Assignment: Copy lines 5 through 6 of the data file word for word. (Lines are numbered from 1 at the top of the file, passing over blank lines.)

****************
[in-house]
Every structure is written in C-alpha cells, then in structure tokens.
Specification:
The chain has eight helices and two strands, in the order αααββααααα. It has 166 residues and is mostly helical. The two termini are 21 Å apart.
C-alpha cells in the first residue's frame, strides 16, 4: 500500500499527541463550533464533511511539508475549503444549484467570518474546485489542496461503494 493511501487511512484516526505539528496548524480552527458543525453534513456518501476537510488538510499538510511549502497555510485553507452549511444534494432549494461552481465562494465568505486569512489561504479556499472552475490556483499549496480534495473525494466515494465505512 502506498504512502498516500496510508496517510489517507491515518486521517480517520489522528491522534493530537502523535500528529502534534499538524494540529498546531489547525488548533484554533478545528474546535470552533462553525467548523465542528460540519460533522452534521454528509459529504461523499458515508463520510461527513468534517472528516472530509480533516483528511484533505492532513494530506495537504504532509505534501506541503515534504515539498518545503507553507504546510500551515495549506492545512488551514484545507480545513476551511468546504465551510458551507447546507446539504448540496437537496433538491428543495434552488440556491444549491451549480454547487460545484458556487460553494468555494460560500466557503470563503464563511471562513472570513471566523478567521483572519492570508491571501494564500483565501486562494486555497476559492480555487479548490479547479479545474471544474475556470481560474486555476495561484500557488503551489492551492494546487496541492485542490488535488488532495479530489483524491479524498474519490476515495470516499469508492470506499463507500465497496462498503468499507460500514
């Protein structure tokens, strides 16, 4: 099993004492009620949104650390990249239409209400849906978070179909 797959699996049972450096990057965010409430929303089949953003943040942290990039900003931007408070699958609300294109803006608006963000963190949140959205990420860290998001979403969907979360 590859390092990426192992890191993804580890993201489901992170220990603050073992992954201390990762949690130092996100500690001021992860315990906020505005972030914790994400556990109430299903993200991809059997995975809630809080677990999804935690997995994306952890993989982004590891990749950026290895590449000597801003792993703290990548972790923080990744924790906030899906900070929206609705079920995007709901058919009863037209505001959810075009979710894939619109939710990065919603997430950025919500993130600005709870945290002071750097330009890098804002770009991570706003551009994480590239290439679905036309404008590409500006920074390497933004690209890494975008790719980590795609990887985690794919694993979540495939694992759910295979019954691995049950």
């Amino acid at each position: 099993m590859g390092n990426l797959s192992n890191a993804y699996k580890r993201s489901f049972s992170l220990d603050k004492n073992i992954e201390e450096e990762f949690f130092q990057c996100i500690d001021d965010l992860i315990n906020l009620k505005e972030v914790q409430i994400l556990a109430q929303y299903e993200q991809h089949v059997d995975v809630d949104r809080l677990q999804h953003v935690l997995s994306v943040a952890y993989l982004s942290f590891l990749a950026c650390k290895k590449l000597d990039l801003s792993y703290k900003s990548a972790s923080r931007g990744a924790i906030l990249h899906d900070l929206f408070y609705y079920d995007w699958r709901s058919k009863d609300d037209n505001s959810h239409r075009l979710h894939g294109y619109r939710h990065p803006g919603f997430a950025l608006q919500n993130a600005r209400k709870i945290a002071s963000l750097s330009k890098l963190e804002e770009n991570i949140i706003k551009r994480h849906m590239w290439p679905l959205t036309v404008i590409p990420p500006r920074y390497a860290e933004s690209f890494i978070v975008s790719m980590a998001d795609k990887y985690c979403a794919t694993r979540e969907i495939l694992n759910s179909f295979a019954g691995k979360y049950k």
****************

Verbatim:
C-alpha cells in the first residue's frame, strides 16, 4: 500500500499527541463550533464533511511539508475549503444549484467570518474546485489542496461503494 493511501487511512484516526505539528496548524480552527458543525453534513456518501476537510488538510499538510511549502497555510485553507452549511444534494432549494461552481465562494465568505486569512489561504479556499472552475490556483499549496480534495473525494466515494465505512 502506498504512502498516500496510508496517510489517507491515518486521517480517520489522528491522534493530537502523535500528529502534534499538524494540529498546531489547525488548533484554533478545528474546535470552533462553525467548523465542528460540519460533522452534521454528509459529504461523499458515508463520510461527513468534517472528516472530509480533516483528511484533505492532513494530506495537504504532509505534501506541503515534504515539498518545503507553507504546510500551515495549506492545512488551514484545507480545513476551511468546504465551510458551507447546507446539504448540496437537496433538491428543495434552488440556491444549491451549480454547487460545484458556487460553494468555494460560500466557503470563503464563511471562513472570513471566523478567521483572519492570508491571501494564500483565501486562494486555497476559492480555487479548490479547479479545474471544474475556470481560474486555476495561484500557488503551489492551492494546487496541492485542490488535488488532495479530489483524491479524498474519490476515495470516499469508492470506499463507500465497496462498503468499507460500514
């Protein structure tokens, strides 16, 4: 099993004492009620949104650390990249239409209400849906978070179909 797959699996049972450096990057965010409430929303089949953003943040942290990039900003931007408070699958609300294109803006608006963000963190949140959205990420860290998001979403969907979360 590859390092990426192992890191993804580890993201489901992170220990603050073992992954201390990762949690130092996100500690001021992860315990906020505005972030914790994400556990109430299903993200991809059997995975809630809080677990999804935690997995994306952890993989982004590891990749950026290895590449000597801003792993703290990548972790923080990744924790906030899906900070929206609705079920995007709901058919009863037209505001959810075009979710894939619109939710990065919603997430950025919500993130600005709870945290002071750097330009890098804002770009991570706003551009994480590239290439679905036309404008590409500006920074390497933004690209890494975008790719980590795609990887985690794919694993979540495939694992759910295979019954691995049950």